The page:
Modernism can be generally placed as an artistic and academic (though mostly artistic) movement occurring in the late 19th and early 20th century. It was a reaction to industrialization, the growth of cities, and, eventually, the effects of World War I. It is important to note that, given this definition, modernism as we understand it is limited to the perspective of Western society—in other words, the United States and Western Europe.
Modernism is full of contradictions, which I attribute to the decentralized nature of its manifestation and to the confusion artists and thinkers faced in a paradigm of their own creation. Since modernism at its core is a rebellion against the “status quo” (which at the time consisted of cultural absolutism, 19th century academic traditions, and the dominance of Western European thinking), modernism naturally took on various, sometimes contradictory, forms because what ‘rebellion’ meant depended on the artist, musician, philosopher, etc. Modernism is more of a mode of thinking, a framework with which to approach philosophy, music, and art, and it’s a mode of thinking which rejects prevailing methods and standards. In this sense, modernism should not have “died” in the early 20th century—it is not a movement that can be isolated to one time-frame, so long as there exists a counterculture movement within a status-quo context. Modernists are those whose words and works bring attention to our preconceived notions. Take, for example, the radical departure from traditional art forms. Artists like Picasso embraced methods and styles of painting that showed how we can still recognize the human form, even when its distorted depiction is nowhere close to what we perceive in reality.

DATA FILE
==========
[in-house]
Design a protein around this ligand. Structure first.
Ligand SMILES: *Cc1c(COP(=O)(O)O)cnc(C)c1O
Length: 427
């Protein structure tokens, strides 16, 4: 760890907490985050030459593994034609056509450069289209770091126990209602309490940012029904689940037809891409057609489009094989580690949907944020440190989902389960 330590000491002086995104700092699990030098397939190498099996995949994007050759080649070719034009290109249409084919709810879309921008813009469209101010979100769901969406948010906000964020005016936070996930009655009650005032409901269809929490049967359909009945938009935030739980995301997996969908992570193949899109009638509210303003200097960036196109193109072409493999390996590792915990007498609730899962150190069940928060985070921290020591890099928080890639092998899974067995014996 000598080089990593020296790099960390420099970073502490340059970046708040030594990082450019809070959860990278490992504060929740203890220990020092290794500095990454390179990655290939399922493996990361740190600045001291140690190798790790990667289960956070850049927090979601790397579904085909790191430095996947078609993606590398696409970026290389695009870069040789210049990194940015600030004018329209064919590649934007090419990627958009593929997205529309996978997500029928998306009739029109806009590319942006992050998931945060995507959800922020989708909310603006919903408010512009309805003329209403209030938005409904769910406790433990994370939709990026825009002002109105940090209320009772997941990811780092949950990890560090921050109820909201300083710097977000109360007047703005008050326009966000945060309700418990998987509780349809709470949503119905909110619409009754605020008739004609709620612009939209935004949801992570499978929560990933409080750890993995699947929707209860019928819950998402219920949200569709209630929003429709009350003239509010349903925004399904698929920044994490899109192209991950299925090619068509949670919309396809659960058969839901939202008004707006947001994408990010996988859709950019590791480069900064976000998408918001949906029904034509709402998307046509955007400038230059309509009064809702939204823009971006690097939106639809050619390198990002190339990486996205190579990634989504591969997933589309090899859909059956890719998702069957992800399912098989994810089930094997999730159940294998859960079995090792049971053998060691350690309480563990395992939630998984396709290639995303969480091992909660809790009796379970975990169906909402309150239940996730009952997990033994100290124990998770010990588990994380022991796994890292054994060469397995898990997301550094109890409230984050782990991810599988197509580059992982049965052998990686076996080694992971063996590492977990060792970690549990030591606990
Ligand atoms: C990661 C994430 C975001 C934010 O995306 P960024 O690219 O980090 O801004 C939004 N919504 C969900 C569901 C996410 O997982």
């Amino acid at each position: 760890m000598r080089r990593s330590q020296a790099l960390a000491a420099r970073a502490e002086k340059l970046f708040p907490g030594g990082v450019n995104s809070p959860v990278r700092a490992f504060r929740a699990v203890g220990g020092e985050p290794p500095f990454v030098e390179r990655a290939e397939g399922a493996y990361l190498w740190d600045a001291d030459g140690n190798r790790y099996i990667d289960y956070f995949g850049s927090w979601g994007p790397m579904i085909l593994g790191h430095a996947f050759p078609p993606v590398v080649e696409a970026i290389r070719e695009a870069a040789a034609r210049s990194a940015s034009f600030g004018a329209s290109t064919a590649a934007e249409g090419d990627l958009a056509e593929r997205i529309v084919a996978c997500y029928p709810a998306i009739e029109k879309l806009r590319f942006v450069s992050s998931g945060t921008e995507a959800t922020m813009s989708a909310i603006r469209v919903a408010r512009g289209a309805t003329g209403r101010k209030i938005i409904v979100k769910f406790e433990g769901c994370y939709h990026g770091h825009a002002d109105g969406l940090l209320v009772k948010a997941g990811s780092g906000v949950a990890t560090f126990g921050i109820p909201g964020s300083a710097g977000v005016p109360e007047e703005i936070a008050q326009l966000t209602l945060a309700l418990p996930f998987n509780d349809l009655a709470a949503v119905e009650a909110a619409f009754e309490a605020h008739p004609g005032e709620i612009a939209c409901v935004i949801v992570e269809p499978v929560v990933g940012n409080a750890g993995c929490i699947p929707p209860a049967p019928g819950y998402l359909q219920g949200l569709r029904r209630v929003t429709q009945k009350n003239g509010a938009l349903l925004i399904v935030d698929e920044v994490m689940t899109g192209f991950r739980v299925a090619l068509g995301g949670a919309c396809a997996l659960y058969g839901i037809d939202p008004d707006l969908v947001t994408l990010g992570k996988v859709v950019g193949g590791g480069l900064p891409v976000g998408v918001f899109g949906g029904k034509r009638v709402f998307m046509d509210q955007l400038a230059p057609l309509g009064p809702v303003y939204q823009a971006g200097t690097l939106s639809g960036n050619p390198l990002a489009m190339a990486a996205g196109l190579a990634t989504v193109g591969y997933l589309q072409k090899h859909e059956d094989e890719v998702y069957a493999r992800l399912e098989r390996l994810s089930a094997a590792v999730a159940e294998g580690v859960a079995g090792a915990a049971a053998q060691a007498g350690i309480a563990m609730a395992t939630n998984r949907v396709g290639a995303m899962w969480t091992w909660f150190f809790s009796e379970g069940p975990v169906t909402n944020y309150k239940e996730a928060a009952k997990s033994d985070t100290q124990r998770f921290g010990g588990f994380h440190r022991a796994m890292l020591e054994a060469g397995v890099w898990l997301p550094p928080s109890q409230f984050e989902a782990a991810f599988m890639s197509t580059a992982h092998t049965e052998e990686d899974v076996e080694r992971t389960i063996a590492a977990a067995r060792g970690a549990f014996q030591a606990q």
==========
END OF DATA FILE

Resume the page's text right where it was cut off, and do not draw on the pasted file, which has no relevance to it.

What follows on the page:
In art, modernism is associated with Expressionism, Cubism, and Futurism, just to name a few. But that assertion is only correct if we limit ourselves to examining the first few decades of the 20th century. Once a modernist endeavor becomes institutionalized, it loses its modernist label. To be modernist is to always exist in a ‘revolutionary state of being.’ Modernism is transient, and those who tie down its occurrence to the late 19th through early 20th century are those who have narrowed modernism only to its first iteration, during the overwhelming public reaction to rapid industrialization, what we could potentially call “First Wave Modernism.”